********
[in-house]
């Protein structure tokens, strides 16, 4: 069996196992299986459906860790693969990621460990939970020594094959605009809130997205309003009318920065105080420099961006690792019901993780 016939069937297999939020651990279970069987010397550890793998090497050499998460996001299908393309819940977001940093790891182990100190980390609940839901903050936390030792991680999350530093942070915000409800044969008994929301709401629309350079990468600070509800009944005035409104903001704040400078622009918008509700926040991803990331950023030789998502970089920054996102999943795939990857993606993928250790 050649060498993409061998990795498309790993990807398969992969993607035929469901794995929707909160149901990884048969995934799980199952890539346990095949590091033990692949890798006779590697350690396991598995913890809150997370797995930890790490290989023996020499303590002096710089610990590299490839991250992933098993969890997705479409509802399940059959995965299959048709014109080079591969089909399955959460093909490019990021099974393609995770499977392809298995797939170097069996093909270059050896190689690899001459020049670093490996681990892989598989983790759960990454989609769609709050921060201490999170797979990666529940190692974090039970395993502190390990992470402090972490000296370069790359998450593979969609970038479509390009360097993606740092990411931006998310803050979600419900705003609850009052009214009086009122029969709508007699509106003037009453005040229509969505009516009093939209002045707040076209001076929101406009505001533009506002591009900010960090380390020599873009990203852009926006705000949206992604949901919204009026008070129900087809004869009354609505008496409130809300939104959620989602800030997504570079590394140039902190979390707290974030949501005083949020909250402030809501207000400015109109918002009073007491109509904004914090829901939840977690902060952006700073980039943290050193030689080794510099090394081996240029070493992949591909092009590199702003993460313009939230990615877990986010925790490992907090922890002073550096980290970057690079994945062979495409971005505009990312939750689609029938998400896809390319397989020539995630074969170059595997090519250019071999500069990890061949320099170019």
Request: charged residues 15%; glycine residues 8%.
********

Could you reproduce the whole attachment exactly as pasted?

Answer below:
[in-house]
């Protein structure tokens, strides 16, 4: 069996196992299986459906860790693969990621460990939970020594094959605009809130997205309003009318920065105080420099961006690792019901993780 016939069937297999939020651990279970069987010397550890793998090497050499998460996001299908393309819940977001940093790891182990100190980390609940839901903050936390030792991680999350530093942070915000409800044969008994929301709401629309350079990468600070509800009944005035409104903001704040400078622009918008509700926040991803990331950023030789998502970089920054996102999943795939990857993606993928250790 050649060498993409061998990795498309790993990807398969992969993607035929469901794995929707909160149901990884048969995934799980199952890539346990095949590091033990692949890798006779590697350690396991598995913890809150997370797995930890790490290989023996020499303590002096710089610990590299490839991250992933098993969890997705479409509802399940059959995965299959048709014109080079591969089909399955959460093909490019990021099974393609995770499977392809298995797939170097069996093909270059050896190689690899001459020049670093490996681990892989598989983790759960990454989609769609709050921060201490999170797979990666529940190692974090039970395993502190390990992470402090972490000296370069790359998450593979969609970038479509390009360097993606740092990411931006998310803050979600419900705003609850009052009214009086009122029969709508007699509106003037009453005040229509969505009516009093939209002045707040076209001076929101406009505001533009506002591009900010960090380390020599873009990203852009926006705000949206992604949901919204009026008070129900087809004869009354609505008496409130809300939104959620989602800030997504570079590394140039902190979390707290974030949501005083949020909250402030809501207000400015109109918002009073007491109509904004914090829901939840977690902060952006700073980039943290050193030689080794510099090394081996240029070493992949591909092009590199702003993460313009939230990615877990986010925790490992907090922890002073550096980290970057690079994945062979495409971005505009990312939750689609029938998400896809390319397989020539995630074969170059595997090519250019071999500069990890061949320099170019």
Request: charged residues 15%; glycine residues 8%.